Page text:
Even if Al Gore is only partly right, we should all know a few ways to conserve energy at home, and, with a little extra effort, we could really turn our homes into a GREEN House.
For many households energy is wasted and electric bills go up because of one or more inefficient home components (windows, heating and cooling systems, and ducts insulation) or a failure to pay attention to product use directions. A good start is to look at these first for easy fixes, in addition to the following tips.
24 Things We Can Do Right Now
Facts Of Life On Earth
- By 2030 the number of automobiles in the world will increase by 50%.
- According to Chevron, the world consumes two barrels of oil for every barrel discovered.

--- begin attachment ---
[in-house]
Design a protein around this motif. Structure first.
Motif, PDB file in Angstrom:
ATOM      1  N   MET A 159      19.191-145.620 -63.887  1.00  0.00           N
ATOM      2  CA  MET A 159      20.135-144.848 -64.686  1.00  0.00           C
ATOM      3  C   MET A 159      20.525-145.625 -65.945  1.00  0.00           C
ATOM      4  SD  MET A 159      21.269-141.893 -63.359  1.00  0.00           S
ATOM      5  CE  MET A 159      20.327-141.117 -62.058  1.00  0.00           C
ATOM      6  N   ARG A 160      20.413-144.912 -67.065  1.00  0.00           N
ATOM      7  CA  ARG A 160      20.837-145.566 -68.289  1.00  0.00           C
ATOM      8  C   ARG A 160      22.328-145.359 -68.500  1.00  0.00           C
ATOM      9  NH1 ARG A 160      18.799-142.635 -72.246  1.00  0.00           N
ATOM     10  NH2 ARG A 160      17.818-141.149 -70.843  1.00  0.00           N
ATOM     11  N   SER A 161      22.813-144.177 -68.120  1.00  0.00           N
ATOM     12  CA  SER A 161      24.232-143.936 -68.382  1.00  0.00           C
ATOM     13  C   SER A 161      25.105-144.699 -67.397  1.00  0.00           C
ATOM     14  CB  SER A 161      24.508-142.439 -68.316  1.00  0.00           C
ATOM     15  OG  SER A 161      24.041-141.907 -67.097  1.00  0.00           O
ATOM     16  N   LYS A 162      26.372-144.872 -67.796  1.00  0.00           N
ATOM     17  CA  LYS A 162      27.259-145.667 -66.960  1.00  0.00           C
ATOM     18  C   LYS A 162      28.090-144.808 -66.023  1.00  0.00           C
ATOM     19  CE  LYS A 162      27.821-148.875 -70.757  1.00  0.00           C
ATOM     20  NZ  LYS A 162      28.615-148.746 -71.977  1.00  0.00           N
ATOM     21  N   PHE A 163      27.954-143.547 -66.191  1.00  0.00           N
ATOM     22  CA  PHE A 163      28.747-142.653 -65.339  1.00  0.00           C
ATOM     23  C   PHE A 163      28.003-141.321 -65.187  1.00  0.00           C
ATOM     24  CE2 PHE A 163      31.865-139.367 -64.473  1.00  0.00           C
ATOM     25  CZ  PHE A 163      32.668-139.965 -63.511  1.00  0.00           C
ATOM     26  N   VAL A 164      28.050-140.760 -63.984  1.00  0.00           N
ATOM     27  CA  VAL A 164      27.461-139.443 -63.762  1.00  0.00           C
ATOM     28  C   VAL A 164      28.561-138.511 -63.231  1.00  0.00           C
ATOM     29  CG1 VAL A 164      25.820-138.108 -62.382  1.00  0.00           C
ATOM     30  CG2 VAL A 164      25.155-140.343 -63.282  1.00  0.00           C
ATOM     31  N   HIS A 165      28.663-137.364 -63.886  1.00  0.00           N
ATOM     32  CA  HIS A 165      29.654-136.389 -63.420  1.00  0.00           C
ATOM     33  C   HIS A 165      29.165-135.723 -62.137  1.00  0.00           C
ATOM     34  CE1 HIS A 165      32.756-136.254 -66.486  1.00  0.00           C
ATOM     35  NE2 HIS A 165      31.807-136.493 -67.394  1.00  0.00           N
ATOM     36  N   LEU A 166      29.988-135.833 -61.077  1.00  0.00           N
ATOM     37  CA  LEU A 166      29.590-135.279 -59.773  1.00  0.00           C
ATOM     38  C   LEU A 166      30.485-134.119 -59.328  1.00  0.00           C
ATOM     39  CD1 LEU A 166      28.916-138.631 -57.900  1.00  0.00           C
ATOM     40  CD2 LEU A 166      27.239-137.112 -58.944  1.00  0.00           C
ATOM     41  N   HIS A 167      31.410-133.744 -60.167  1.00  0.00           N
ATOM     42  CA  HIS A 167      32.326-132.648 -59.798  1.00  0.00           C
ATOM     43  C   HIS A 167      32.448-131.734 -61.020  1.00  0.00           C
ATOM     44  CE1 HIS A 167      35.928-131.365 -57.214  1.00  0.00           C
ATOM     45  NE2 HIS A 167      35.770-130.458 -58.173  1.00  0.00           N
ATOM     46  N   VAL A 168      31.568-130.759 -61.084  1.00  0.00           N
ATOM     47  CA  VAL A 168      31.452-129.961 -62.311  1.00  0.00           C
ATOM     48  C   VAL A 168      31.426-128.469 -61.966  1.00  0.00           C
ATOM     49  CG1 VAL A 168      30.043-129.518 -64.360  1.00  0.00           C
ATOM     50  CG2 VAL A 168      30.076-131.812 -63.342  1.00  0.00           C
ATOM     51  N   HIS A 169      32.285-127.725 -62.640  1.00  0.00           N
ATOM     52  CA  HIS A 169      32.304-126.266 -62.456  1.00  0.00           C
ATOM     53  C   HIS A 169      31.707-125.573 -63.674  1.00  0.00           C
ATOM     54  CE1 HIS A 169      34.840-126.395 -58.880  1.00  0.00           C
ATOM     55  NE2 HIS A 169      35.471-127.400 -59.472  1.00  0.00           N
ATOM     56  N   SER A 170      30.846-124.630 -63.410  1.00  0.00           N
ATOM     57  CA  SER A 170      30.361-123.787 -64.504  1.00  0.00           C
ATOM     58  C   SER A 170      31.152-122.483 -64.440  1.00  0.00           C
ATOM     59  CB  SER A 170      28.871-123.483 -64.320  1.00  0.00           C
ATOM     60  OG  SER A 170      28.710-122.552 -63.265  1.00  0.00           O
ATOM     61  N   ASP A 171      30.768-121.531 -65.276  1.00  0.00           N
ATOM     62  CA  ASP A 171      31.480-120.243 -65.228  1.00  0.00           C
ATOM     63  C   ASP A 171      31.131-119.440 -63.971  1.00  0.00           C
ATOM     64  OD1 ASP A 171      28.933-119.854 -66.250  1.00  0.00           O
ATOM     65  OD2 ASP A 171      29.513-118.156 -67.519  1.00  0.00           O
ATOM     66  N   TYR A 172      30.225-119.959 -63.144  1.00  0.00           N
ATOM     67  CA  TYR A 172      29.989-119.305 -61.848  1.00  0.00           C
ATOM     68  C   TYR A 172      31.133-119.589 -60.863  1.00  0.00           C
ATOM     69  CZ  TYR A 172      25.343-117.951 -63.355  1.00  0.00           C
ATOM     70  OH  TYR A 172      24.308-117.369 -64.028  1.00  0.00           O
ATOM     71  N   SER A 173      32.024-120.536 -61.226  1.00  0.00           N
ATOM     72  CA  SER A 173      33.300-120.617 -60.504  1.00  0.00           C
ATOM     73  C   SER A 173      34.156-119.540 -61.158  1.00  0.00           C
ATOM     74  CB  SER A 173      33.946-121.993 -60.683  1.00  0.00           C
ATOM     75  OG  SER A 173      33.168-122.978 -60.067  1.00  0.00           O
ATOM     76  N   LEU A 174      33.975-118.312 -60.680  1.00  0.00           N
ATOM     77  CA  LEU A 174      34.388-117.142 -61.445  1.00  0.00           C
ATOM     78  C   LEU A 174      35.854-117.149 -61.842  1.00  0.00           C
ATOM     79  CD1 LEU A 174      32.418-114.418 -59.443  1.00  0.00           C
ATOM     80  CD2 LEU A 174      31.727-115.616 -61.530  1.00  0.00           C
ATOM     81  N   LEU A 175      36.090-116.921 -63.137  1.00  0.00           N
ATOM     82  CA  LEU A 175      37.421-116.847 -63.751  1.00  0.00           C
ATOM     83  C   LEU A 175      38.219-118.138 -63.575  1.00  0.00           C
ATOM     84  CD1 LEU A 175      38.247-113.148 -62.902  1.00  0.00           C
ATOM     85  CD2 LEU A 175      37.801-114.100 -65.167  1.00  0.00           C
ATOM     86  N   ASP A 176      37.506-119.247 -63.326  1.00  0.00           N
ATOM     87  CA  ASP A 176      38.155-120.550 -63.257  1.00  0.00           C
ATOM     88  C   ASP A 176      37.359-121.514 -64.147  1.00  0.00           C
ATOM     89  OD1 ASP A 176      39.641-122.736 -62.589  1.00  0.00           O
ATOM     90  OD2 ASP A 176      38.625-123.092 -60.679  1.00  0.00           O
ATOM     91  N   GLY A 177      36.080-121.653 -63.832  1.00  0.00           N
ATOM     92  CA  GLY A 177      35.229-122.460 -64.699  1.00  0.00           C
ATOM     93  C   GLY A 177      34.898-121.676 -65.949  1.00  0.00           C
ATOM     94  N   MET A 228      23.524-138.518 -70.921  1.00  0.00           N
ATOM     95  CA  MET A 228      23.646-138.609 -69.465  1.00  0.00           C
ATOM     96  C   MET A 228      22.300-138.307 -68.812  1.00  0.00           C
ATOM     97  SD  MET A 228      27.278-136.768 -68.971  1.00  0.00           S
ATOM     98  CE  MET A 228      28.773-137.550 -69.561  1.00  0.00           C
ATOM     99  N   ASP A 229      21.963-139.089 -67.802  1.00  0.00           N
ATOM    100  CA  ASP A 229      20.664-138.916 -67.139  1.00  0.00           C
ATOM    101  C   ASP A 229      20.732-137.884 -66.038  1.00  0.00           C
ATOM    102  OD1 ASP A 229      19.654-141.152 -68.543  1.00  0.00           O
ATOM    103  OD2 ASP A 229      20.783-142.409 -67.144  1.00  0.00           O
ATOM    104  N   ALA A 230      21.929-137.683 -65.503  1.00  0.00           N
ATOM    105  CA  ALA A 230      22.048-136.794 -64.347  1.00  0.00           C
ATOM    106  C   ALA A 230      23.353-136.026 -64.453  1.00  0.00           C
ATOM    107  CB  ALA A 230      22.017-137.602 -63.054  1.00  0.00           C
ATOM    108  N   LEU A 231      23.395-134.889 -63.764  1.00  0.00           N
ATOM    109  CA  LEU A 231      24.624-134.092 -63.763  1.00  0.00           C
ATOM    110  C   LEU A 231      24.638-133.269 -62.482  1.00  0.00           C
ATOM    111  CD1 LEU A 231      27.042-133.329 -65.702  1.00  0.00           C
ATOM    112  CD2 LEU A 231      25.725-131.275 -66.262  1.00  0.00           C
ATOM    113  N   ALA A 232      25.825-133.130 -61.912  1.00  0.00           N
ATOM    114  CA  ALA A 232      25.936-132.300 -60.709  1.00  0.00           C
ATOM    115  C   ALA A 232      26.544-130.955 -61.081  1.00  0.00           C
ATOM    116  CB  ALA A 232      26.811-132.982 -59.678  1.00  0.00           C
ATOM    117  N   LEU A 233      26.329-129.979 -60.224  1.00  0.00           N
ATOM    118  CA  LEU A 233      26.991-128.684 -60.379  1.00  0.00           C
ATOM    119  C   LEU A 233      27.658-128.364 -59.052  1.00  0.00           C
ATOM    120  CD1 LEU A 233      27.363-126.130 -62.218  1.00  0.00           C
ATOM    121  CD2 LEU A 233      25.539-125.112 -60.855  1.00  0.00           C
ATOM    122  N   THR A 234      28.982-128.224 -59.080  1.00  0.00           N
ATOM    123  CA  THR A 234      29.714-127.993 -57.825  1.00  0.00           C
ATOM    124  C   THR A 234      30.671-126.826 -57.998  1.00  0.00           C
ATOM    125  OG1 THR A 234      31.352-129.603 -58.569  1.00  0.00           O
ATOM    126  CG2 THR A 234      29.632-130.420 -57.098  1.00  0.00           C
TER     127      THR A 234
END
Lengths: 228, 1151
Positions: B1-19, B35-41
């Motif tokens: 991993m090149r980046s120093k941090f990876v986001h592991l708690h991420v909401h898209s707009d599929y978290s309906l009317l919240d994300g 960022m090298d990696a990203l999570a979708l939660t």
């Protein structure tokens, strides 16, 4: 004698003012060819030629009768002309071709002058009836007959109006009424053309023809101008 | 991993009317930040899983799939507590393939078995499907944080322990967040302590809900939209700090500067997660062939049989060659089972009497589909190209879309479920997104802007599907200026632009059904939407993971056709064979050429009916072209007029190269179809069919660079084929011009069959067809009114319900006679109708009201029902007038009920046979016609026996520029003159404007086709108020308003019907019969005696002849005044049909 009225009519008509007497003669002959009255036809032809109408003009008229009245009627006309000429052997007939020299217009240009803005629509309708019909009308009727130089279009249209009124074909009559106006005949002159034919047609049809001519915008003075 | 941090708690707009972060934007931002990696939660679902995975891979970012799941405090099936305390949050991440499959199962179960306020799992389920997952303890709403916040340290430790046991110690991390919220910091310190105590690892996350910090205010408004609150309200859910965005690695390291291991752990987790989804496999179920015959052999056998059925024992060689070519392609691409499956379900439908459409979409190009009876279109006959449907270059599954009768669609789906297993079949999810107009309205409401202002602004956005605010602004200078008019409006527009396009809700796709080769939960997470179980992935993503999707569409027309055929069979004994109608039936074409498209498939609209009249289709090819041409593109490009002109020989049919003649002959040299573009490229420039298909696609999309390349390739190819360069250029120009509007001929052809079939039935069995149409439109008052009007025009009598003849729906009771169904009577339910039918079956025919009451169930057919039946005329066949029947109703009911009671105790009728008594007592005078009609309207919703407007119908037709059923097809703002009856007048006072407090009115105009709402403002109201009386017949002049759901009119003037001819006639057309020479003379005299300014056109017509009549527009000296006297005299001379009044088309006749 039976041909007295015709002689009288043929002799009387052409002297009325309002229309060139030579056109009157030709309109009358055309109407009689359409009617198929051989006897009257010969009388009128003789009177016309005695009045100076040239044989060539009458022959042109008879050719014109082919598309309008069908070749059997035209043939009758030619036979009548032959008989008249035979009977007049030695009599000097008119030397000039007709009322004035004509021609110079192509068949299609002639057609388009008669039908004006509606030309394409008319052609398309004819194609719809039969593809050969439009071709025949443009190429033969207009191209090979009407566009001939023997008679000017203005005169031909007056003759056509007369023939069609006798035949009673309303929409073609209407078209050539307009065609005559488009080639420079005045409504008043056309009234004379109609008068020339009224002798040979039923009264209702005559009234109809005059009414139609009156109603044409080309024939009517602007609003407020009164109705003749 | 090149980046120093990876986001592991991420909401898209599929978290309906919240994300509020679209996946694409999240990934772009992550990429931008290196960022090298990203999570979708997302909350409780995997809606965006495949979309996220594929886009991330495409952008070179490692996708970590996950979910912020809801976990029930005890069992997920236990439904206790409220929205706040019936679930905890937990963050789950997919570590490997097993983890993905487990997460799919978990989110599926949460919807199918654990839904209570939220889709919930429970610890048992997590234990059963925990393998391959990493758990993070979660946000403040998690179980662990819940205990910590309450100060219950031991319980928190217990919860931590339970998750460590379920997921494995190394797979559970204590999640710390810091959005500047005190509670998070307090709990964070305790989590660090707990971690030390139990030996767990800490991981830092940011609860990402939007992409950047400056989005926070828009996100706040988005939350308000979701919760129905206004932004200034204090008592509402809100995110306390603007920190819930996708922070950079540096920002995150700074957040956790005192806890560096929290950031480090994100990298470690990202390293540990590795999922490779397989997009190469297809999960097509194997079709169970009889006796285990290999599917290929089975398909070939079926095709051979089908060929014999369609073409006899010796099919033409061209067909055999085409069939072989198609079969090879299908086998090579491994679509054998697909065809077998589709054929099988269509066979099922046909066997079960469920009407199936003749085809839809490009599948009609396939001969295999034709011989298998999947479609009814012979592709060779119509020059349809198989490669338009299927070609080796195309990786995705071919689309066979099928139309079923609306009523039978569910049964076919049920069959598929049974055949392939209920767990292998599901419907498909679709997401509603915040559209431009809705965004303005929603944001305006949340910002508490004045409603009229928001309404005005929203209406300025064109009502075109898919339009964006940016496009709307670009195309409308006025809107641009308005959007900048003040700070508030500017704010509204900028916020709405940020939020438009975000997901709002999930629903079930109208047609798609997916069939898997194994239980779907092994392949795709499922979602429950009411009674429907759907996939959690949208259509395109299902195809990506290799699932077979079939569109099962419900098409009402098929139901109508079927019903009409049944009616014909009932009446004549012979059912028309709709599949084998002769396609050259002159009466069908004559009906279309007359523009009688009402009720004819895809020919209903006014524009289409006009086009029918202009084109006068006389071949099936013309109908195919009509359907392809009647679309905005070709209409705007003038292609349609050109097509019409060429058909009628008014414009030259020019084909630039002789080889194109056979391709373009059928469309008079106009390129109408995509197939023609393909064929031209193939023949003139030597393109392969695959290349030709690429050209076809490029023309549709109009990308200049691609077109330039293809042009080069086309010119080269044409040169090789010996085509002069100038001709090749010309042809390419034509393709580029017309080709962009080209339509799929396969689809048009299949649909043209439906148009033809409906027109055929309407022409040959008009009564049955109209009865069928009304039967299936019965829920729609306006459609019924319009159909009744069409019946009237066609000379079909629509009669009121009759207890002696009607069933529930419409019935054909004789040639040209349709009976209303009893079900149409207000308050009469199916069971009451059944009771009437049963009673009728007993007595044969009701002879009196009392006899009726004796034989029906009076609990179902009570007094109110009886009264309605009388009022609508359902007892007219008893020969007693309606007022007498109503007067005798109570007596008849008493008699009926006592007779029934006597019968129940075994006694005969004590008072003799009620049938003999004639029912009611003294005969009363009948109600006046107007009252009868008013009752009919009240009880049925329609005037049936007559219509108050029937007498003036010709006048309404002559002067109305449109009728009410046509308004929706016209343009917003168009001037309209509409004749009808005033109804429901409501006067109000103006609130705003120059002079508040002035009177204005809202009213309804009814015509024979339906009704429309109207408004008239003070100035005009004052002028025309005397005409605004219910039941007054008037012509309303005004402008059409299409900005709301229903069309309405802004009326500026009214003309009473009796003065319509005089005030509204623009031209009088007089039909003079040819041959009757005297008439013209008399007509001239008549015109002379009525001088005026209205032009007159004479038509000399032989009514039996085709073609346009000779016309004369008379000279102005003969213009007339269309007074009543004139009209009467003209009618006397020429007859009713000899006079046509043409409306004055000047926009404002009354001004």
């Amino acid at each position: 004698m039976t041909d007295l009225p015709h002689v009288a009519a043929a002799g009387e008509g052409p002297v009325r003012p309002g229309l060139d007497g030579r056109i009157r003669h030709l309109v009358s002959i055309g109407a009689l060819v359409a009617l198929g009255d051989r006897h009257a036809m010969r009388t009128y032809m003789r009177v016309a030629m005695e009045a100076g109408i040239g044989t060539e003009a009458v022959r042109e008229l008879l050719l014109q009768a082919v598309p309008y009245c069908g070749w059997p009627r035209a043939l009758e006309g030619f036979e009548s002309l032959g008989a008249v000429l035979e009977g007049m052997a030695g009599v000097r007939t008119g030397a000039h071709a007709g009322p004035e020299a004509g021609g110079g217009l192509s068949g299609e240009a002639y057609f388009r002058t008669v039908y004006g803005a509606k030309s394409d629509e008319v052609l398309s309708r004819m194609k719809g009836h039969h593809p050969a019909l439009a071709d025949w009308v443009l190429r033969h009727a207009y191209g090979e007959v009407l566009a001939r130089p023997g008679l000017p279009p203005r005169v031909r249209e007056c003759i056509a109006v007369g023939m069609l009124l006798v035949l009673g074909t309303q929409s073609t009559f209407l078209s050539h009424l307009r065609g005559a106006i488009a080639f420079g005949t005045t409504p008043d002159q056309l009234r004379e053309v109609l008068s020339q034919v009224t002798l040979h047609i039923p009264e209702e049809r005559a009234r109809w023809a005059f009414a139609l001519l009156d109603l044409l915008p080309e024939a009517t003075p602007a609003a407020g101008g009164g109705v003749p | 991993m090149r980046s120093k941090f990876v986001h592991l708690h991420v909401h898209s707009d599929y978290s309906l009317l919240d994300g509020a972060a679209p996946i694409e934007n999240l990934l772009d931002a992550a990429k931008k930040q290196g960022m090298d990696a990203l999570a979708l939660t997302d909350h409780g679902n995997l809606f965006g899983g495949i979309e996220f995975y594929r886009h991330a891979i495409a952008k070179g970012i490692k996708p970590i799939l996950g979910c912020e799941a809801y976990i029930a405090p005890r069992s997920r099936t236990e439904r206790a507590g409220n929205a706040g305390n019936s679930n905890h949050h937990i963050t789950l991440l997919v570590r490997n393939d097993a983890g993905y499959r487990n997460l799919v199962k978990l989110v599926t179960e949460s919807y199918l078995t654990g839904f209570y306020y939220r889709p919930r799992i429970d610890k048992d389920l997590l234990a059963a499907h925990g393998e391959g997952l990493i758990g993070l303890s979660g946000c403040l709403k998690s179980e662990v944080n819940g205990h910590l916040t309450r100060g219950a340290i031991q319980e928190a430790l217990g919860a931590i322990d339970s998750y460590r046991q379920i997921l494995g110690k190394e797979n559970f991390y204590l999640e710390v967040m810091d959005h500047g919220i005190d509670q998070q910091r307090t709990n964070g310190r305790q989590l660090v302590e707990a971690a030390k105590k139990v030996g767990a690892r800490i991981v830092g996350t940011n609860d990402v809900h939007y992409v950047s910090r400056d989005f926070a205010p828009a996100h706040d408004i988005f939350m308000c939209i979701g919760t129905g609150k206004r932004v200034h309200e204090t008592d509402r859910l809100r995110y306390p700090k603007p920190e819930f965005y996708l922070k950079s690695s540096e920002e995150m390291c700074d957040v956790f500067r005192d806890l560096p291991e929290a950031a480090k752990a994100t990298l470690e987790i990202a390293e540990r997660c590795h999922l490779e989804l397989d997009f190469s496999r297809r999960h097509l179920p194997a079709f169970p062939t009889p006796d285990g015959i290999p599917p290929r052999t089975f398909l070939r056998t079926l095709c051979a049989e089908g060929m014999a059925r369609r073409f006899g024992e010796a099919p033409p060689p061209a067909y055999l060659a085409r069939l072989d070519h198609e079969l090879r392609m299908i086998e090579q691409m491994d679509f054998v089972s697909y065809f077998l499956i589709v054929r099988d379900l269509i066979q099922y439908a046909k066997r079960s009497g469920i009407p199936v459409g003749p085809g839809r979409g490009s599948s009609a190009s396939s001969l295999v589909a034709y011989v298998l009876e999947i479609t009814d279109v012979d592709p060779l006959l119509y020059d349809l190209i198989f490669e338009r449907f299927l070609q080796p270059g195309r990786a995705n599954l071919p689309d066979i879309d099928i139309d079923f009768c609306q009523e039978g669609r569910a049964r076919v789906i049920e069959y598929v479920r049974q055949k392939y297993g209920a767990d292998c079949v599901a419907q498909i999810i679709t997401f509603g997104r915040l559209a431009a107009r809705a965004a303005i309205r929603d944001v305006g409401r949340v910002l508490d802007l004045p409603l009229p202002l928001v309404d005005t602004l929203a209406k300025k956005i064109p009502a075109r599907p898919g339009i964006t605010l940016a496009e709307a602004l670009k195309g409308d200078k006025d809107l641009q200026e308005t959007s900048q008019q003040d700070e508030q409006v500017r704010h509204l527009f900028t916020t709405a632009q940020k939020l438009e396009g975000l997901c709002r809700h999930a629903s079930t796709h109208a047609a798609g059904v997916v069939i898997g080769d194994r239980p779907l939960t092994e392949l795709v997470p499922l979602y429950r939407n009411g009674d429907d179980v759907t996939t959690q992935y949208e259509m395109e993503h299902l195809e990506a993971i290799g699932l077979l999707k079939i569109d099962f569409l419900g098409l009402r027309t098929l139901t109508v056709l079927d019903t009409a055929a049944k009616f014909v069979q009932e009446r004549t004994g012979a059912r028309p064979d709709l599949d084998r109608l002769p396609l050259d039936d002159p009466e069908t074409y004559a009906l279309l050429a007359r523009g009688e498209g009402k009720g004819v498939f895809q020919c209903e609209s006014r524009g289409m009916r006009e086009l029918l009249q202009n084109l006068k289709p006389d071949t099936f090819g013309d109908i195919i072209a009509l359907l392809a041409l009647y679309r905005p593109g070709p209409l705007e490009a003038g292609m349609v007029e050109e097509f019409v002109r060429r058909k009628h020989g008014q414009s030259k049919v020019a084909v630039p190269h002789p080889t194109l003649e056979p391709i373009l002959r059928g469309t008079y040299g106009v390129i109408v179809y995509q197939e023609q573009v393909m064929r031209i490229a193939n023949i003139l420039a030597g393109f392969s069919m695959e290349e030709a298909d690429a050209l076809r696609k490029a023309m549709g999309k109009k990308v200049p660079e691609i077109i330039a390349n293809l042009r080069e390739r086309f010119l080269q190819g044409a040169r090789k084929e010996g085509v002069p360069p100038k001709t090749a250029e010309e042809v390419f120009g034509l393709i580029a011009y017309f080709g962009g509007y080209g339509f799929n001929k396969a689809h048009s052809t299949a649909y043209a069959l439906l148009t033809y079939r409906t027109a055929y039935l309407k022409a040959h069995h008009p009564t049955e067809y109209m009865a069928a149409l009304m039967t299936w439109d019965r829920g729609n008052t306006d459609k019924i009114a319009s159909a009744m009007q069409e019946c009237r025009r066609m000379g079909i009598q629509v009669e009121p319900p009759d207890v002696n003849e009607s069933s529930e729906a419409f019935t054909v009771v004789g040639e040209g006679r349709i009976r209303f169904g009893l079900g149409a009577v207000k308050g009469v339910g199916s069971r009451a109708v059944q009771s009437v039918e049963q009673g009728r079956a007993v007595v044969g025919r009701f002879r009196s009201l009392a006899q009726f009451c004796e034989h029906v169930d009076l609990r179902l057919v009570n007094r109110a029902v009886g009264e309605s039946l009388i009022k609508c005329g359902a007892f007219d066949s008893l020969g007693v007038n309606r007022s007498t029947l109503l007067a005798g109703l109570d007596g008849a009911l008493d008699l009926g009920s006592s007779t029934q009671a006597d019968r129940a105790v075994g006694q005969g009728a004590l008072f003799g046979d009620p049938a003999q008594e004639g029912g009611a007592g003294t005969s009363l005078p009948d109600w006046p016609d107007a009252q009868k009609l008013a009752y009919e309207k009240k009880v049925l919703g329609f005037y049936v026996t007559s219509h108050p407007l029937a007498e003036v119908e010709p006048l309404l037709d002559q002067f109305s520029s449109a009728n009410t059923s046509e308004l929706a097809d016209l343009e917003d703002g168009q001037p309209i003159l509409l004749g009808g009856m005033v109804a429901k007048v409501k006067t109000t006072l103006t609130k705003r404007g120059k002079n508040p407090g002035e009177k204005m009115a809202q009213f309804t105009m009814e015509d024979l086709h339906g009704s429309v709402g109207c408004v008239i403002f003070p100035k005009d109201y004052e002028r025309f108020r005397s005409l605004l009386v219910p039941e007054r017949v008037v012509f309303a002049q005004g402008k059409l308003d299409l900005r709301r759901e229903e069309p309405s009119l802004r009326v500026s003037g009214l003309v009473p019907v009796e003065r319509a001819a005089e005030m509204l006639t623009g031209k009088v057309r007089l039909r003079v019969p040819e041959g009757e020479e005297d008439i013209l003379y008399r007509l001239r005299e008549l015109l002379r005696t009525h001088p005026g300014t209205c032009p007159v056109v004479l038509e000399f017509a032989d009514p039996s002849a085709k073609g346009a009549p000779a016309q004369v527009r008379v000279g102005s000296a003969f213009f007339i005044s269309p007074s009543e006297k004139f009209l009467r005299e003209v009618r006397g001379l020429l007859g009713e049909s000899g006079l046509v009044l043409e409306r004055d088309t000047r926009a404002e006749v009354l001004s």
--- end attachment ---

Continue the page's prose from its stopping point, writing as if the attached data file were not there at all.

- It took 125 years to consume the first trillion barrels of oil – the world will consume the next trillion in only 30 years, according to Chevron.
- By 2030 the world will consume 47% more oil than it did in 2003.
- During the last one hundred years the global temperature has warmed between 0.7-1.5°C.
- It is predicted that global temperatures in 2100 will be 1.4-5.8°C warmer than they were in 1990.
- The current pace of sea-level rise is 50% faster then in the last century.
- Scientists estimate the sea level will rise by 3.5-34.6 inches by 2100.
- Much of the United States has already warmed, by as much as 4°F.
- The warmest years over last century have likely been: 1998, 2002, 2003, 2004, 2005, 2017, 2018, 2019, 2020
- The top 10 warmest years have all occurred since 1990.
- Since the beginning of the Industrial Revolution, carbon dioxide (a green house gas linked to climate change) in the atmosphere has increased by 35%.
- Diseases such as malaria are predicted to spread as the world grows warmer, due to the carriers of disease spreading out over a larger geographical area.